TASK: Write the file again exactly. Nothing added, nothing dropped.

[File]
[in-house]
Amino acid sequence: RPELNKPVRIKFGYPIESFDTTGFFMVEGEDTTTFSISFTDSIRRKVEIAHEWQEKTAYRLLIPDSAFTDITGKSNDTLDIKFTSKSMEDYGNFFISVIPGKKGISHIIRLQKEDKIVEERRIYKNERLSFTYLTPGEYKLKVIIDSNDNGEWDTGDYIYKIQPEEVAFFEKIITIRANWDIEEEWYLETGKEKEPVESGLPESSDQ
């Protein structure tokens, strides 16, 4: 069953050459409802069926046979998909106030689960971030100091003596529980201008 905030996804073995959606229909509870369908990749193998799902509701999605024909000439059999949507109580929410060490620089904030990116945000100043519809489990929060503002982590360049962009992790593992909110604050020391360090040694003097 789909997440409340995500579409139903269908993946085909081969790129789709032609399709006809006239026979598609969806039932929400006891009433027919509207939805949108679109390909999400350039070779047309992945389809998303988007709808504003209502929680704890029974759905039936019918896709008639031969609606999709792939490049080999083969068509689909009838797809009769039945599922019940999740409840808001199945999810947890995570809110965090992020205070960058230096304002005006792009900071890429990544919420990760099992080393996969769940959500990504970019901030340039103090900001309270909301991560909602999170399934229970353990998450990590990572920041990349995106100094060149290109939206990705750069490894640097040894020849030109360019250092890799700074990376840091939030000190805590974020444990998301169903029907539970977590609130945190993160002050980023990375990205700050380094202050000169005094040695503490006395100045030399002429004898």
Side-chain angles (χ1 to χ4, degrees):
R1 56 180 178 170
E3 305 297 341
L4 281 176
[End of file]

[in-house]
Amino acid sequence: RPELNKPVRIKFGYPIESFDTTGFFMVEGEDTTTFSISFTDSIRRKVEIAHEWQEKTAYRLLIPDSAFTDITGKSNDTLDIKFTSKSMEDYGNFFISVIPGKKGISHIIRLQKEDKIVEERRIYKNERLSFTYLTPGEYKLKVIIDSNDNGEWDTGDYIYKIQPEEVAFFEKIITIRANWDIEEEWYLETGKEKEPVESGLPESSDQ
């Protein structure tokens, strides 16, 4: 069953050459409802069926046979998909106030689960971030100091003596529980201008 905030996804073995959606229909509870369908990749193998799902509701999605024909000439059999949507109580929410060490620089904030990116945000100043519809489990929060503002982590360049962009992790593992909110604050020391360090040694003097 789909997440409340995500579409139903269908993946085909081969790129789709032609399709006809006239026979598609969806039932929400006891009433027919509207939805949108679109390909999400350039070779047309992945389809998303988007709808504003209502929680704890029974759905039936019918896709008639031969609606999709792939490049080999083969068509689909009838797809009769039945599922019940999740409840808001199945999810947890995570809110965090992020205070960058230096304002005006792009900071890429990544919420990760099992080393996969769940959500990504970019901030340039103090900001309270909301991560909602999170399934229970353990998450990590990572920041990349995106100094060149290109939206990705750069490894640097040894020849030109360019250092890799700074990376840091939030000190805590974020444990998301169903029907539970977590609130945190993160002050980023990375990205700050380094202050000169005094040695503490006395100045030399002429004898």
Side-chain angles (χ1 to χ4, degrees):
R1 56 180 178 170
E3 305 297 341
L4 281 176